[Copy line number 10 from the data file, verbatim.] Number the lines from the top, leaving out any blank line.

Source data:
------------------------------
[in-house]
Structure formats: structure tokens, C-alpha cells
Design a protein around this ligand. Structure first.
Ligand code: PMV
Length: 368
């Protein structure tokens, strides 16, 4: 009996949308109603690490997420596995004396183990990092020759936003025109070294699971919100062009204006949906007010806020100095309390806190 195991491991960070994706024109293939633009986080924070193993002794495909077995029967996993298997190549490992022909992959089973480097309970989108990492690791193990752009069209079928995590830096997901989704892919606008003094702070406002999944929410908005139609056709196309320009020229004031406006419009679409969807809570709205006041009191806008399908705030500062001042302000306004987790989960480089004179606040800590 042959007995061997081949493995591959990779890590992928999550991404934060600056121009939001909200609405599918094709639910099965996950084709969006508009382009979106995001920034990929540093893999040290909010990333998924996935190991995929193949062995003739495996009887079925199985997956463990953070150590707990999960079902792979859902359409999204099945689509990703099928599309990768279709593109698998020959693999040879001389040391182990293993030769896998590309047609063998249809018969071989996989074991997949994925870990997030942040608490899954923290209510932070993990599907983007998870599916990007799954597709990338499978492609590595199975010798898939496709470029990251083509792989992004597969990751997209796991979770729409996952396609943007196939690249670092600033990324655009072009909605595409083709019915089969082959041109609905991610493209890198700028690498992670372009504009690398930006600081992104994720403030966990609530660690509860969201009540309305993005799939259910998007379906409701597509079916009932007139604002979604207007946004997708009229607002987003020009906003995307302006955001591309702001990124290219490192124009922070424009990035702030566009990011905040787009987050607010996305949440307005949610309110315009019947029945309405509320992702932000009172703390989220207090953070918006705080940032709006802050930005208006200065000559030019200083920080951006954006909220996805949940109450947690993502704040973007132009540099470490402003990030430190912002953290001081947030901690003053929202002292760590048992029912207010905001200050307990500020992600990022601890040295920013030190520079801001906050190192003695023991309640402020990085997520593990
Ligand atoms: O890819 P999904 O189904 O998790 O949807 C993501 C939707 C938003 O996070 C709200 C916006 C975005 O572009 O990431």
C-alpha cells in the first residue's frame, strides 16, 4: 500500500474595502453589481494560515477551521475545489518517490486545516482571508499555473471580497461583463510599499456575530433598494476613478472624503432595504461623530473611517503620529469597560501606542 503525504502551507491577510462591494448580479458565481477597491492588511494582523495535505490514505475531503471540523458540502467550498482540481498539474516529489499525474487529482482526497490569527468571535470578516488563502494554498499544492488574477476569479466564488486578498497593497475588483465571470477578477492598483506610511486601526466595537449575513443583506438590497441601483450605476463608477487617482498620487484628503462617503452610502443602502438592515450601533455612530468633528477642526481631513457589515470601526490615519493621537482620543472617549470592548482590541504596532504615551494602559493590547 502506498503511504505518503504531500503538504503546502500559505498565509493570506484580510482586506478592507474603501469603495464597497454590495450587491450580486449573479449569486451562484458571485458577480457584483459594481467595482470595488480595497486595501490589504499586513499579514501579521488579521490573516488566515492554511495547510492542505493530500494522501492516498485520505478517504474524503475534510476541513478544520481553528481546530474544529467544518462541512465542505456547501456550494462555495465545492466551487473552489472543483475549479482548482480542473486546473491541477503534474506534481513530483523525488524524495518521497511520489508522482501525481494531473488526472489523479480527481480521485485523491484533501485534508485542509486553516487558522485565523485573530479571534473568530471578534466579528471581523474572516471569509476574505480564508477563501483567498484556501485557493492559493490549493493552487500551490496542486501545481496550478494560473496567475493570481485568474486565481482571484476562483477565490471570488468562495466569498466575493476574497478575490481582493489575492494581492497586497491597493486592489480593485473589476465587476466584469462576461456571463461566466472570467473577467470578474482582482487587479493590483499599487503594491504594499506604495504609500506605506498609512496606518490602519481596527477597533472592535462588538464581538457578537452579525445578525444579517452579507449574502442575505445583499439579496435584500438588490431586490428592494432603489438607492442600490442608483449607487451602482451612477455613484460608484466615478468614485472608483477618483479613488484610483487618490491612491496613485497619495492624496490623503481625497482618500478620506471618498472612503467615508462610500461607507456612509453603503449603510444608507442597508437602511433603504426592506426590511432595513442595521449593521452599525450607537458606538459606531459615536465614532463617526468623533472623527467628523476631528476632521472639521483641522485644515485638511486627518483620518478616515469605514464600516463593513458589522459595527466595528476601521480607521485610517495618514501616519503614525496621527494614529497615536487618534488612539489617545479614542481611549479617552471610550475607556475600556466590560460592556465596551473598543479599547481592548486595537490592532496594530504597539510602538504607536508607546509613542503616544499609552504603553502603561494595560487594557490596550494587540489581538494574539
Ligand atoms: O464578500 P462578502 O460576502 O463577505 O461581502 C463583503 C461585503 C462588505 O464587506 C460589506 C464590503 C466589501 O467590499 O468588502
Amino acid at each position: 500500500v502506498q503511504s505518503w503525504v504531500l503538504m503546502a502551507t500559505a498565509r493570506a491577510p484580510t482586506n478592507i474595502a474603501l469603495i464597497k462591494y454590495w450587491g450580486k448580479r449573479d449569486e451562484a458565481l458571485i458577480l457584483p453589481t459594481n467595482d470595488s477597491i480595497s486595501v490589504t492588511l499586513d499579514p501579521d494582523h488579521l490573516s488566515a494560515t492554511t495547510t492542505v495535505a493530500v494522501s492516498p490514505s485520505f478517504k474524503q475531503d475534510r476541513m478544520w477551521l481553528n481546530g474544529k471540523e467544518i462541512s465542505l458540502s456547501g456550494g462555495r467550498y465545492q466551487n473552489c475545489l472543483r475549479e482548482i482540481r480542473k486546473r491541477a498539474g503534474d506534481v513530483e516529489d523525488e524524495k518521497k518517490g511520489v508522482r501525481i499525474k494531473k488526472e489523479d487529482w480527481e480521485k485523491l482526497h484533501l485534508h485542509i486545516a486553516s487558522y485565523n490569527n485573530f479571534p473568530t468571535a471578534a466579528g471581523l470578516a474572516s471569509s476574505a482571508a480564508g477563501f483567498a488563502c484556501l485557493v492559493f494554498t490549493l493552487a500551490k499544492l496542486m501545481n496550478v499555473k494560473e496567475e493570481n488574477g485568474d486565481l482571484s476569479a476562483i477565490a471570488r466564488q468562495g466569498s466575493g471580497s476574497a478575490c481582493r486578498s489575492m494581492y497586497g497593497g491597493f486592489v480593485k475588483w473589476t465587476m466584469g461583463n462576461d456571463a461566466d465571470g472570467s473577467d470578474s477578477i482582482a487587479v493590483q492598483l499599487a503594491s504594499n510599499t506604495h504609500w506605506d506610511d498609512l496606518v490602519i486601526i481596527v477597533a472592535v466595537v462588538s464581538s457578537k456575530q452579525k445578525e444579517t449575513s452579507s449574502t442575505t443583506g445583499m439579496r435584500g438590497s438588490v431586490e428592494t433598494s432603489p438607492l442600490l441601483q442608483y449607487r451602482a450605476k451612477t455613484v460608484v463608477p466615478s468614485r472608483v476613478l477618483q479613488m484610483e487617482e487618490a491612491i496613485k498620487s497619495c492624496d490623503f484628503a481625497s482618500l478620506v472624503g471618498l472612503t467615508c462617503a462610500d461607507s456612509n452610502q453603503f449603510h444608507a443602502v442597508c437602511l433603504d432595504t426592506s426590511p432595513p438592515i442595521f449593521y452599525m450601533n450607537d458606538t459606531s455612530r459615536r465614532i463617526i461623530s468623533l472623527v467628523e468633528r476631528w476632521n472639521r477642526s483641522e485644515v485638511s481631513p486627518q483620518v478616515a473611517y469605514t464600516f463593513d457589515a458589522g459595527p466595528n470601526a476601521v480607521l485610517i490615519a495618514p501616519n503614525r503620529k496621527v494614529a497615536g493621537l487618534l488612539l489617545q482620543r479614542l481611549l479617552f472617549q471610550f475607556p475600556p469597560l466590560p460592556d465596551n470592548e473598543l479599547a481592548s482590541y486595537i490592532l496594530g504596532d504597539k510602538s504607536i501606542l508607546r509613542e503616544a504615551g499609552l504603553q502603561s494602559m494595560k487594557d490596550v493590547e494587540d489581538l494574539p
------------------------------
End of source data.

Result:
Amino acid at each position: 500500500v502506498q503511504s505518503w503525504v504531500l503538504m503546502a502551507t500559505a498565509r493570506a491577510p484580510t482586506n478592507i474595502a474603501l469603495i464597497k462591494y454590495w450587491g450580486k448580479r449573479d449569486e451562484a458565481l458571485i458577480l457584483p453589481t459594481n467595482d470595488s477597491i480595497s486595501v490589504t492588511l499586513d499579514p501579521d494582523h488579521l490573516s488566515a494560515t492554511t495547510t492542505v495535505a493530500v494522501s492516498p490514505s485520505f478517504k474524503q475531503d475534510r476541513m478544520w477551521l481553528n481546530g474544529k471540523e467544518i462541512s465542505l458540502s456547501g456550494g462555495r467550498y465545492q466551487n473552489c475545489l472543483r475549479e482548482i482540481r480542473k486546473r491541477a498539474g503534474d506534481v513530483e516529489d523525488e524524495k518521497k518517490g511520489v508522482r501525481i499525474k494531473k488526472e489523479d487529482w480527481e480521485k485523491l482526497h484533501l485534508h485542509i486545516a486553516s487558522y485565523n490569527n485573530f479571534p473568530t468571535a471578534a466579528g471581523l470578516a474572516s471569509s476574505a482571508a480564508g477563501f483567498a488563502c484556501l485557493v492559493f494554498t490549493l493552487a500551490k499544492l496542486m501545481n496550478v499555473k494560473e496567475e493570481n488574477g485568474d486565481l482571484s476569479a476562483i477565490a471570488r466564488q468562495g466569498s466575493g471580497s476574497a478575490c481582493r486578498s489575492m494581492y497586497g497593497g491597493f486592489v480593485k475588483w473589476t465587476m466584469g461583463n462576461d456571463a461566466d465571470g472570467s473577467d470578474s477578477i482582482a487587479v493590483q492598483l499599487a503594491s504594499n510599499t506604495h504609500w506605506d506610511d498609512l496606518v490602519i486601526i481596527v477597533a472592535v466595537v462588538s464581538s457578537k456575530q452579525k445578525e444579517t449575513s452579507s449574502t442575505t443583506g445583499m439579496r435584500g438590497s438588490v431586490e428592494t433598494s432603489p438607492l442600490l441601483q442608483y449607487r451602482a450605476k451612477t455613484v460608484v463608477p466615478s468614485r472608483v476613478l477618483q479613488m484610483e487617482e487618490a491612491i496613485k498620487s497619495c492624496d490623503f484628503a481625497s482618500l478620506v472624503g471618498l472612503t467615508c462617503a462610500d461607507s456612509n452610502q453603503f449603510h444608507a443602502v442597508c437602511l433603504d432595504t426592506s426590511p432595513p438592515i442595521f449593521y452599525m450601533n450607537d458606538t459606531s455612530r459615536r465614532i463617526i461623530s468623533l472623527v467628523e468633528r476631528w476632521n472639521r477642526s483641522e485644515v485638511s481631513p486627518q483620518v478616515a473611517y469605514t464600516f463593513d457589515a458589522g459595527p466595528n470601526a476601521v480607521l485610517i490615519a495618514p501616519n503614525r503620529k496621527v494614529a497615536g493621537l487618534l488612539l489617545q482620543r479614542l481611549l479617552f472617549q471610550f475607556p475600556p469597560l466590560p460592556d465596551n470592548e473598543l479599547a481592548s482590541y486595537i490592532l496594530g504596532d504597539k510602538s504607536i501606542l508607546r509613542e503616544a504615551g499609552l504603553q502603561s494602559m494595560k487594557d490596550v493590547e494587540d489581538l494574539p